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Rated: E · Short Story · Contest Entry · #2273930
A city boy revisits his country roots.
Comfort Zone
WC 376


I was the proverbial city mouse enjoying my luxury life in the Big Apple when I got the call that Gramma Maude Ballschmiddy had passed. I was summoned by Grampa Amos to come to the family home. The Ballschmiddy homestead was a ten-acre farm with a dilapidated two-story house in the middle of 'Nowhere', Kansas.

I had been gone for so many years, I didn't remember the country mouse experience; nor was I interested in reliving the isolation and deprivation I remembered.

I was sitting in Gramma Maude’s kitchen, eavesdropping on a conversation in the parlor between Grampa Amos and Uncle Amos Jr. and Auntie Gladys. They also lived at the farm with the elder Ballschmiddies.

"By Golly, junior, you're right,” Grampa Amos said, “Mammy would want the food spread out right here after the funeral, not over at Moogy's Diner."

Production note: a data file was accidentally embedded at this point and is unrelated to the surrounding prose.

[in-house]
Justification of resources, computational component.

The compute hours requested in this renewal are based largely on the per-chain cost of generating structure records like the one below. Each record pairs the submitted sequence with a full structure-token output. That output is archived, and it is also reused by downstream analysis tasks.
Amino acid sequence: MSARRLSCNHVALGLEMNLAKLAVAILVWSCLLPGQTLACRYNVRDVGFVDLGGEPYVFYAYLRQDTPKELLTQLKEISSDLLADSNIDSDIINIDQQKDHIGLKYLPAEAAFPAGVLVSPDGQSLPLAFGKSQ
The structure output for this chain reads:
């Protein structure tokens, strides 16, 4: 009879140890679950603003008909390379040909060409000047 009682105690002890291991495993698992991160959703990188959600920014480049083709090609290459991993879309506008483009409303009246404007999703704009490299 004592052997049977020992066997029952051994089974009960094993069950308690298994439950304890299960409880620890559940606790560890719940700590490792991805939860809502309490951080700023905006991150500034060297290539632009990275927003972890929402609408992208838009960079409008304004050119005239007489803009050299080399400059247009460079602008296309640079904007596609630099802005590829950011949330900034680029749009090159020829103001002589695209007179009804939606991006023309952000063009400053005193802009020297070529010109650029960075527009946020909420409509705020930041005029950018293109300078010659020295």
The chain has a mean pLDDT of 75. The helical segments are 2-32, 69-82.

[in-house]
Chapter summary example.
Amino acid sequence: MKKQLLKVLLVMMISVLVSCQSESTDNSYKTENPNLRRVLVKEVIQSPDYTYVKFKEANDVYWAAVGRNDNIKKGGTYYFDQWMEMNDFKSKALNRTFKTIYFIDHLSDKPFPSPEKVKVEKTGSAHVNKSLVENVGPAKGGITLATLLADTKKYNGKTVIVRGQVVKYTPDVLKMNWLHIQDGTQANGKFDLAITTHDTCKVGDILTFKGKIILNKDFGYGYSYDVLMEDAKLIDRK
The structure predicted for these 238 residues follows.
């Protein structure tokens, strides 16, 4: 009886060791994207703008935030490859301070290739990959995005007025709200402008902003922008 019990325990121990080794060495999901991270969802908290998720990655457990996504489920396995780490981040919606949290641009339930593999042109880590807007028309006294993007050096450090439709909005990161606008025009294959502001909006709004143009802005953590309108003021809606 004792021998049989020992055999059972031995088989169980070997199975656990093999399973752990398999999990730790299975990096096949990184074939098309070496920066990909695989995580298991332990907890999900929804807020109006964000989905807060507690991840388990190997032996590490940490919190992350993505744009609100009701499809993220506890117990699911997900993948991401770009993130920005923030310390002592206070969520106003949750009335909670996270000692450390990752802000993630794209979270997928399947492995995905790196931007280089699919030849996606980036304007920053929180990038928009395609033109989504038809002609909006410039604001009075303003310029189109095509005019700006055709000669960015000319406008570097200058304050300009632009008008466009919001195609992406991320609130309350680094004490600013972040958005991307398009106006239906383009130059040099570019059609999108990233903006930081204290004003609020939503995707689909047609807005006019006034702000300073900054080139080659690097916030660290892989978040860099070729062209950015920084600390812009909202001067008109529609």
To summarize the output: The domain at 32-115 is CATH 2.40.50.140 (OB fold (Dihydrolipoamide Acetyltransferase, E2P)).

" Sheesh! Finally, he listens to reason,” Auntie Gladys said to Uncle Amos Jr.

Sheesh? I hadn't heard that word in twenty years or more.

“Gladys, keep your voice down, Carl is somewhere in the house,” Grampa Amos said.

Uncle Amos Jr piped up. “Carl’s kid?"

“Yeah, Carl Jr. Got in this morning, all the way from New York City.”

You don't say," Uncle Amos Jr said.

“I do say. Moved away to find…something. But now he's back, seeing what he can get from Mammy's estate, I reckon.”

Well, I never,” Uncle Amos and Aunt Gladys said at the same time. "The nerve!" Then they both said, “Jinx!”

OMG! I was trapped in a cliché! I got up and tiptoed toward the back door.

Once outside, I breathed in the crisp, clean country air. I looked out over the cornfield, and then off in the distance at the field of peas. Snippets of memory were coming back: carrots and tomatoes fresh from the garden; cold clear well water from the pump. Though exciting, New York City was a cesspool…if I was being honest with myself. And food had to be trucked in and wasn’t fresh.

It might be nice to stay in the cliche for a few weeks or more (the comfort zone of my childhood) if Grampa Amos would allow it.

If he said yes, that would be the bee's knees.
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